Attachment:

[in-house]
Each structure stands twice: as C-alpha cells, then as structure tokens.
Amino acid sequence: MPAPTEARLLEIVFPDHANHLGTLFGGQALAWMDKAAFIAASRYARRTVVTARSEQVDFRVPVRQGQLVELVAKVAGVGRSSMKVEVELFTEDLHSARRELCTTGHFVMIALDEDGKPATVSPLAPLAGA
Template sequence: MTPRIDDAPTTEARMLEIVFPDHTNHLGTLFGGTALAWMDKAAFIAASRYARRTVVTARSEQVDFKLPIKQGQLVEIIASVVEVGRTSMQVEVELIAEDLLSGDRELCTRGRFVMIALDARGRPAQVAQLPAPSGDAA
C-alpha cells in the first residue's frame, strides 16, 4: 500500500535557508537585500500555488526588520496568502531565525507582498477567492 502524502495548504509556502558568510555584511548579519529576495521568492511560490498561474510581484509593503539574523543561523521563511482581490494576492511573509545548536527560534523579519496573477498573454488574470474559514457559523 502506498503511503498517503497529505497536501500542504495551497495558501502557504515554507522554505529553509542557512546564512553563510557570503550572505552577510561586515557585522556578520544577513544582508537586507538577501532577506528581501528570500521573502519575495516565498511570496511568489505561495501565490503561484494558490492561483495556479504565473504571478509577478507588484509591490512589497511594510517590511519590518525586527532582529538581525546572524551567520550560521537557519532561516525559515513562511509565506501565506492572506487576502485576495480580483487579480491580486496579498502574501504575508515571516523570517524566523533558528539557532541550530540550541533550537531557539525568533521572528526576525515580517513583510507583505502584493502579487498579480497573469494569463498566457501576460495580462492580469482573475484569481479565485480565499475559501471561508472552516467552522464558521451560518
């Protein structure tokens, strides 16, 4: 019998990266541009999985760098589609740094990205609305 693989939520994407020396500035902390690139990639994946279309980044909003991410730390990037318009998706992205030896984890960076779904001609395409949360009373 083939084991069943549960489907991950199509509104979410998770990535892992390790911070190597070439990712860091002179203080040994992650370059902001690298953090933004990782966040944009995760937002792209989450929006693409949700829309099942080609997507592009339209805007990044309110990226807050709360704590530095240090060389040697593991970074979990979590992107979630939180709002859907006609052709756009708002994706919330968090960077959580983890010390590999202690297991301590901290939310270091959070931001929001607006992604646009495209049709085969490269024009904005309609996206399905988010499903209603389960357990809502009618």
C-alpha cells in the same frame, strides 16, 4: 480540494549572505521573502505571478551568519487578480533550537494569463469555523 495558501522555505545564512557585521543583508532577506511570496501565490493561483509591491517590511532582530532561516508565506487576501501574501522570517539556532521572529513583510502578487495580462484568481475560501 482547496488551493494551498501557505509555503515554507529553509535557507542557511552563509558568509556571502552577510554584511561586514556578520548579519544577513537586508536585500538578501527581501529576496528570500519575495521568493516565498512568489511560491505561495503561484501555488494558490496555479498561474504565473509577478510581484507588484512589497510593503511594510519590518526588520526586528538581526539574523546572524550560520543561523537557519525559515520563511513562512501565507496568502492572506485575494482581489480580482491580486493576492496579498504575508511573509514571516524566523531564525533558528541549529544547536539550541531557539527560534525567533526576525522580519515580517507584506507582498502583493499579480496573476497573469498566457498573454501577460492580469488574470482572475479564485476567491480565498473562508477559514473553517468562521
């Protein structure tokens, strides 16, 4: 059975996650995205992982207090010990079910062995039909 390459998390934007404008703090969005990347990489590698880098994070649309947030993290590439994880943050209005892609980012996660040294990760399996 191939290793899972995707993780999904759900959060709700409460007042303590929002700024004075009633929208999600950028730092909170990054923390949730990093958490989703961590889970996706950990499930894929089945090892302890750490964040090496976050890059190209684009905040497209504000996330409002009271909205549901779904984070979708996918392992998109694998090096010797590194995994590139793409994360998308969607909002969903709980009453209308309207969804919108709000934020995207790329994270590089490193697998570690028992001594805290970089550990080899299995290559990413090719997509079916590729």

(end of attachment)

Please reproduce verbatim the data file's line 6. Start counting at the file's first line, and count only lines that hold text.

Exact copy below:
């Protein structure tokens, strides 16, 4: 019998990266541009999985760098589609740094990205609305 693989939520994407020396500035902390690139990639994946279309980044909003991410730390990037318009998706992205030896984890960076779904001609395409949360009373 083939084991069943549960489907991950199509509104979410998770990535892992390790911070190597070439990712860091002179203080040994992650370059902001690298953090933004990782966040944009995760937002792209989450929006693409949700829309099942080609997507592009339209805007990044309110990226807050709360704590530095240090060389040697593991970074979990979590992107979630939180709002859907006609052709756009708002994706919330968090960077959580983890010390590999202690297991301590901290939310270091959070931001929001607006992604646009495209049709085969490269024009904005309609996206399905988010499903209603389960357990809502009618």